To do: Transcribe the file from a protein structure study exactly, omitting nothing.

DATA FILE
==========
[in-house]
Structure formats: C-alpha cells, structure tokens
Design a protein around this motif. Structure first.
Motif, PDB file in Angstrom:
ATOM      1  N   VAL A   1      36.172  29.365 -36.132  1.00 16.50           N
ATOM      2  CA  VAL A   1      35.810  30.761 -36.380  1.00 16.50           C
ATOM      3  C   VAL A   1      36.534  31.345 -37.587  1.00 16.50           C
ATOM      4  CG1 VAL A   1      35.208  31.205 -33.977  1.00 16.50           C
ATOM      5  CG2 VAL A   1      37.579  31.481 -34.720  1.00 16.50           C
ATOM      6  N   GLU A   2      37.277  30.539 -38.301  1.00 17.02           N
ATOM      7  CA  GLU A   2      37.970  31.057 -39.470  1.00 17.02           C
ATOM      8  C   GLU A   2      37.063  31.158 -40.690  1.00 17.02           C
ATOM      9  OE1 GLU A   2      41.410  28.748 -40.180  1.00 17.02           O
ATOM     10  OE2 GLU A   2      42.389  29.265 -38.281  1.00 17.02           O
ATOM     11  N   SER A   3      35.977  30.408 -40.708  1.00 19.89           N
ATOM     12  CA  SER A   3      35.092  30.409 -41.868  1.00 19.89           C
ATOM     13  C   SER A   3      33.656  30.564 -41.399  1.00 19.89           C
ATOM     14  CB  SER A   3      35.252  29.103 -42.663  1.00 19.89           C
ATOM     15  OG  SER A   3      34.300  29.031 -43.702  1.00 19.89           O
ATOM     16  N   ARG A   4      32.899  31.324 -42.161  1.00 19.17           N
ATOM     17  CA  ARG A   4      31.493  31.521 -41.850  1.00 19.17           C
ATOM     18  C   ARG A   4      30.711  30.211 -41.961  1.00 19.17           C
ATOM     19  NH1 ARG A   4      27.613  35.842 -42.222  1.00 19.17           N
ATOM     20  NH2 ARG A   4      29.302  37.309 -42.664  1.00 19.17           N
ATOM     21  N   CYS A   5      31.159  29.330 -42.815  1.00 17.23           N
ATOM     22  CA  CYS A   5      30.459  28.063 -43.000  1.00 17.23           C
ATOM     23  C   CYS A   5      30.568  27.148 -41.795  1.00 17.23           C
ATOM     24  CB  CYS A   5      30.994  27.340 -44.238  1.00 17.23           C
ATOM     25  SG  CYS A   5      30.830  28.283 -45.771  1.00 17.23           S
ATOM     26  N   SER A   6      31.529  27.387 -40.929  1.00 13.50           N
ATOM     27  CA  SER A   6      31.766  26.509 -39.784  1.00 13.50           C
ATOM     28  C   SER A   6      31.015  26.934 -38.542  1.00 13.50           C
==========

[in-house]
Structure formats: C-alpha cells, structure tokens
Design a protein around this motif. Structure first.
Motif, PDB file in Angstrom:
ATOM      1  N   VAL A   1      36.172  29.365 -36.132  1.00 16.50           N
ATOM      2  CA  VAL A   1      35.810  30.761 -36.380  1.00 16.50           C
ATOM      3  C   VAL A   1      36.534  31.345 -37.587  1.00 16.50           C
ATOM      4  CG1 VAL A   1      35.208  31.205 -33.977  1.00 16.50           C
ATOM      5  CG2 VAL A   1      37.579  31.481 -34.720  1.00 16.50           C
ATOM      6  N   GLU A   2      37.277  30.539 -38.301  1.00 17.02           N
ATOM      7  CA  GLU A   2      37.970  31.057 -39.470  1.00 17.02           C
ATOM      8  C   GLU A   2      37.063  31.158 -40.690  1.00 17.02           C
ATOM      9  OE1 GLU A   2      41.410  28.748 -40.180  1.00 17.02           O
ATOM     10  OE2 GLU A   2      42.389  29.265 -38.281  1.00 17.02           O
ATOM     11  N   SER A   3      35.977  30.408 -40.708  1.00 19.89           N
ATOM     12  CA  SER A   3      35.092  30.409 -41.868  1.00 19.89           C
ATOM     13  C   SER A   3      33.656  30.564 -41.399  1.00 19.89           C
ATOM     14  CB  SER A   3      35.252  29.103 -42.663  1.00 19.89           C
ATOM     15  OG  SER A   3      34.300  29.031 -43.702  1.00 19.89           O
ATOM     16  N   ARG A   4      32.899  31.324 -42.161  1.00 19.17           N
ATOM     17  CA  ARG A   4      31.493  31.521 -41.850  1.00 19.17           C
ATOM     18  C   ARG A   4      30.711  30.211 -41.961  1.00 19.17           C
ATOM     19  NH1 ARG A   4      27.613  35.842 -42.222  1.00 19.17           N
ATOM     20  NH2 ARG A   4      29.302  37.309 -42.664  1.00 19.17           N
ATOM     21  N   CYS A   5      31.159  29.330 -42.815  1.00 17.23           N
ATOM     22  CA  CYS A   5      30.459  28.063 -43.000  1.00 17.23           C
ATOM     23  C   CYS A   5      30.568  27.148 -41.795  1.00 17.23           C
ATOM     24  CB  CYS A   5      30.994  27.340 -44.238  1.00 17.23           C
ATOM     25  SG  CYS A   5      30.830  28.283 -45.771  1.00 17.23           S
ATOM     26  N   SER A   6      31.529  27.387 -40.929  1.00 13.50           N
ATOM     27  CA  SER A   6      31.766  26.509 -39.784  1.00 13.50           C
ATOM     28  C   SER A   6      31.015  26.934 -38.542  1.00 13.50           C